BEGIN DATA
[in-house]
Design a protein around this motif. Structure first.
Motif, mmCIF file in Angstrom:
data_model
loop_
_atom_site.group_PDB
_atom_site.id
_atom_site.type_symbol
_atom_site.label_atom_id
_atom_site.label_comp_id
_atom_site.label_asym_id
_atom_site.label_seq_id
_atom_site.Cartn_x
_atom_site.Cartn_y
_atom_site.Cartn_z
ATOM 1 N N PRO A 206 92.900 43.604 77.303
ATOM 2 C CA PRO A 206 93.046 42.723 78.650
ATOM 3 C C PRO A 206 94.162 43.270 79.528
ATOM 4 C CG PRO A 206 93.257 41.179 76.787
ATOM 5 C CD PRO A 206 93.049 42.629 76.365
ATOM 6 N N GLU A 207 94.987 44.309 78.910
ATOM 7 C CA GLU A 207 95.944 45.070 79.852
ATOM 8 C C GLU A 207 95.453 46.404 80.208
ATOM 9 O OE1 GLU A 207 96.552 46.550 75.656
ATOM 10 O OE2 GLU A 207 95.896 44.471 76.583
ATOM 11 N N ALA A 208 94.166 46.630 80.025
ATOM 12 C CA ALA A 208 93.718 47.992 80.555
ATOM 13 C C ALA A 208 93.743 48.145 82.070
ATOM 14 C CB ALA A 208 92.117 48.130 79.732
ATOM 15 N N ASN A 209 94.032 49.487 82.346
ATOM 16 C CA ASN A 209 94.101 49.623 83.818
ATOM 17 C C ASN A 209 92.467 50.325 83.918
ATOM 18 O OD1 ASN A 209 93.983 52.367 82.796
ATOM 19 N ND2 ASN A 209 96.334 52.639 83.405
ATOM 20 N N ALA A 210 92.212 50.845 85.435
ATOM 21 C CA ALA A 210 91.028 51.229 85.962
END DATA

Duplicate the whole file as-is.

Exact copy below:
[in-house]
Design a protein around this motif. Structure first.
Motif, mmCIF file in Angstrom:
data_model
loop_
_atom_site.group_PDB
_atom_site.id
_atom_site.type_symbol
_atom_site.label_atom_id
_atom_site.label_comp_id
_atom_site.label_asym_id
_atom_site.label_seq_id
_atom_site.Cartn_x
_atom_site.Cartn_y
_atom_site.Cartn_z
ATOM 1 N N PRO A 206 92.900 43.604 77.303
ATOM 2 C CA PRO A 206 93.046 42.723 78.650
ATOM 3 C C PRO A 206 94.162 43.270 79.528
ATOM 4 C CG PRO A 206 93.257 41.179 76.787
ATOM 5 C CD PRO A 206 93.049 42.629 76.365
ATOM 6 N N GLU A 207 94.987 44.309 78.910
ATOM 7 C CA GLU A 207 95.944 45.070 79.852
ATOM 8 C C GLU A 207 95.453 46.404 80.208
ATOM 9 O OE1 GLU A 207 96.552 46.550 75.656
ATOM 10 O OE2 GLU A 207 95.896 44.471 76.583
ATOM 11 N N ALA A 208 94.166 46.630 80.025
ATOM 12 C CA ALA A 208 93.718 47.992 80.555
ATOM 13 C C ALA A 208 93.743 48.145 82.070
ATOM 14 C CB ALA A 208 92.117 48.130 79.732
ATOM 15 N N ASN A 209 94.032 49.487 82.346
ATOM 16 C CA ASN A 209 94.101 49.623 83.818
ATOM 17 C C ASN A 209 92.467 50.325 83.918
ATOM 18 O OD1 ASN A 209 93.983 52.367 82.796
ATOM 19 N ND2 ASN A 209 96.334 52.639 83.405
ATOM 20 N N ALA A 210 92.212 50.845 85.435
ATOM 21 C CA ALA A 210 91.028 51.229 85.962